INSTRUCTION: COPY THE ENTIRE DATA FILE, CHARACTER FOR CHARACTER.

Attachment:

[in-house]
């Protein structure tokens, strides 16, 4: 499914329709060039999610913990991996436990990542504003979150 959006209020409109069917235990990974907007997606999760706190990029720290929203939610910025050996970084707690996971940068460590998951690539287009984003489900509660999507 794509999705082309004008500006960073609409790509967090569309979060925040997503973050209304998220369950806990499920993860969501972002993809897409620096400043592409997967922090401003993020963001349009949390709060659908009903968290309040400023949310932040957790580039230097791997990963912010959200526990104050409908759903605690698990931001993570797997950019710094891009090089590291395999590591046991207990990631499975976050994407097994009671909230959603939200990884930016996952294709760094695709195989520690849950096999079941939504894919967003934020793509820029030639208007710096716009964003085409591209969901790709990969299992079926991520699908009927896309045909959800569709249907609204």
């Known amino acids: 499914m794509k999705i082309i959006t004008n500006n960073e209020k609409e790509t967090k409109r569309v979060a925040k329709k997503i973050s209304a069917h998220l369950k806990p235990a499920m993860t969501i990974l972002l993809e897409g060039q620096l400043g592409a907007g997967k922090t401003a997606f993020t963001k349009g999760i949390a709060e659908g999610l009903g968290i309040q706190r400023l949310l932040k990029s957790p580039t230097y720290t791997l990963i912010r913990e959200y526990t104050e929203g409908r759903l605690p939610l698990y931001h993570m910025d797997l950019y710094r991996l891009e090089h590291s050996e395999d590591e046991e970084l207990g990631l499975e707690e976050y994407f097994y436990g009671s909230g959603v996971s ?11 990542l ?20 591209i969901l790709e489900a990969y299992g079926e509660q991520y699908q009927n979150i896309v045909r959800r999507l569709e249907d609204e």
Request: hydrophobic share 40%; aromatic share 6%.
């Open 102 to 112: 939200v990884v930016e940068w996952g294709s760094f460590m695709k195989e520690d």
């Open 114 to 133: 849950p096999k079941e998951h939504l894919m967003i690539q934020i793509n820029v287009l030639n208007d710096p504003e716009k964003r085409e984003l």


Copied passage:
[in-house]
């Protein structure tokens, strides 16, 4: 499914329709060039999610913990991996436990990542504003979150 959006209020409109069917235990990974907007997606999760706190990029720290929203939610910025050996970084707690996971940068460590998951690539287009984003489900509660999507 794509999705082309004008500006960073609409790509967090569309979060925040997503973050209304998220369950806990499920993860969501972002993809897409620096400043592409997967922090401003993020963001349009949390709060659908009903968290309040400023949310932040957790580039230097791997990963912010959200526990104050409908759903605690698990931001993570797997950019710094891009090089590291395999590591046991207990990631499975976050994407097994009671909230959603939200990884930016996952294709760094695709195989520690849950096999079941939504894919967003934020793509820029030639208007710096716009964003085409591209969901790709990969299992079926991520699908009927896309045909959800569709249907609204």
């Known amino acids: 499914m794509k999705i082309i959006t004008n500006n960073e209020k609409e790509t967090k409109r569309v979060a925040k329709k997503i973050s209304a069917h998220l369950k806990p235990a499920m993860t969501i990974l972002l993809e897409g060039q620096l400043g592409a907007g997967k922090t401003a997606f993020t963001k349009g999760i949390a709060e659908g999610l009903g968290i309040q706190r400023l949310l932040k990029s957790p580039t230097y720290t791997l990963i912010r913990e959200y526990t104050e929203g409908r759903l605690p939610l698990y931001h993570m910025d797997l950019y710094r991996l891009e090089h590291s050996e395999d590591e046991e970084l207990g990631l499975e707690e976050y994407f097994y436990g009671s909230g959603v996971s ?11 990542l ?20 591209i969901l790709e489900a990969y299992g079926e509660q991520y699908q009927n979150i896309v045909r959800r999507l569709e249907d609204e």
Request: hydrophobic share 40%; aromatic share 6%.
């Open 102 to 112: 939200v990884v930016e940068w996952g294709s760094f460590m695709k195989e520690d």
């Open 114 to 133: 849950p096999k079941e998951h939504l894919m967003i690539q934020i793509n820029v287009l030639n208007d710096p504003e716009k964003r085409e984003l």